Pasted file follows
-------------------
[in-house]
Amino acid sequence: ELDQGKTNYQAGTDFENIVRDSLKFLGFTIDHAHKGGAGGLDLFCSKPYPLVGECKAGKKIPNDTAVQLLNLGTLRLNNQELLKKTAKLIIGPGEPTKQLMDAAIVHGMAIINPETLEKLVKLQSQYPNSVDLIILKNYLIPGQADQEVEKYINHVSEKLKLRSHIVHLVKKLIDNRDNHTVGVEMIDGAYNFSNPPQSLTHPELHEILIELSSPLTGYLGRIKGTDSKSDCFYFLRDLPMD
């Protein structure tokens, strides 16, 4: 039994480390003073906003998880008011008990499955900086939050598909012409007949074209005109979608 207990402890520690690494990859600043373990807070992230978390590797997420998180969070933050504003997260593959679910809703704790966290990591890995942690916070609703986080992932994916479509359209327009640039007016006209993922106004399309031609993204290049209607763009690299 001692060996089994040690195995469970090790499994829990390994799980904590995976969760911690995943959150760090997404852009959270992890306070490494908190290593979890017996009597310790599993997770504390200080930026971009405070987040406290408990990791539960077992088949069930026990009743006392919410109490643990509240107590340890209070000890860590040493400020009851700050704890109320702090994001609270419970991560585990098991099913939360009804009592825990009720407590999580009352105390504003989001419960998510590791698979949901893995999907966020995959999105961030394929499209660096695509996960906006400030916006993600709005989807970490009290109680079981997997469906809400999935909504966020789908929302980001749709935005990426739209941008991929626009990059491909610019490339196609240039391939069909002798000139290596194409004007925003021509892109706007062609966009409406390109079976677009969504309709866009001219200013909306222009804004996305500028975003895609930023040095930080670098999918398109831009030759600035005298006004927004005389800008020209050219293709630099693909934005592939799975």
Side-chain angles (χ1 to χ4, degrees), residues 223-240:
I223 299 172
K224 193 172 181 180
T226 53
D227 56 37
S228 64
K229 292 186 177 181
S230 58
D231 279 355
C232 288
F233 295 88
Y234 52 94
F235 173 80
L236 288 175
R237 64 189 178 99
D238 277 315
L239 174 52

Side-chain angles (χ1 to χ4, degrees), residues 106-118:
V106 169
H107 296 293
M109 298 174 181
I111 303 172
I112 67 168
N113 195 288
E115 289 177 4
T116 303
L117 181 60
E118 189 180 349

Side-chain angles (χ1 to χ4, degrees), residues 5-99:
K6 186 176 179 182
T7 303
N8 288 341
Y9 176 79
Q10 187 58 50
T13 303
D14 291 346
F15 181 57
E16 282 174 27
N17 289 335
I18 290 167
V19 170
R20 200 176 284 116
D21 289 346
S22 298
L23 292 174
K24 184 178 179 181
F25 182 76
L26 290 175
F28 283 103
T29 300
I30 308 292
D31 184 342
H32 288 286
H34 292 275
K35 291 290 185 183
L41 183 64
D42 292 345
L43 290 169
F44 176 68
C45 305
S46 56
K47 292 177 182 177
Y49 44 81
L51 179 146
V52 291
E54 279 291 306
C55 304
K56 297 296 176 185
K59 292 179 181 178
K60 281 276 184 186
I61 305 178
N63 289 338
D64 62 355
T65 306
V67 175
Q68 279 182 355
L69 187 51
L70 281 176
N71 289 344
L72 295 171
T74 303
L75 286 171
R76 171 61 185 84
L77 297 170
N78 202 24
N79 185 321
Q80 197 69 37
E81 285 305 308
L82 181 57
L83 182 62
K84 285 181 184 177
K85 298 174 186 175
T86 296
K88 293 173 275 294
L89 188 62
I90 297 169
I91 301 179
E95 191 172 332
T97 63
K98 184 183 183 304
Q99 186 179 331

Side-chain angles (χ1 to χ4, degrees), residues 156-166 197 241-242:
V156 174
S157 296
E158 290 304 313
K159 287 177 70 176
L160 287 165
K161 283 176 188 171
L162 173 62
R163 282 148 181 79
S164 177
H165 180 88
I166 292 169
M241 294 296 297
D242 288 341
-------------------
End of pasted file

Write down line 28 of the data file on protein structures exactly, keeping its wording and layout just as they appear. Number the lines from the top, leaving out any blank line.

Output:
E115 289 177 4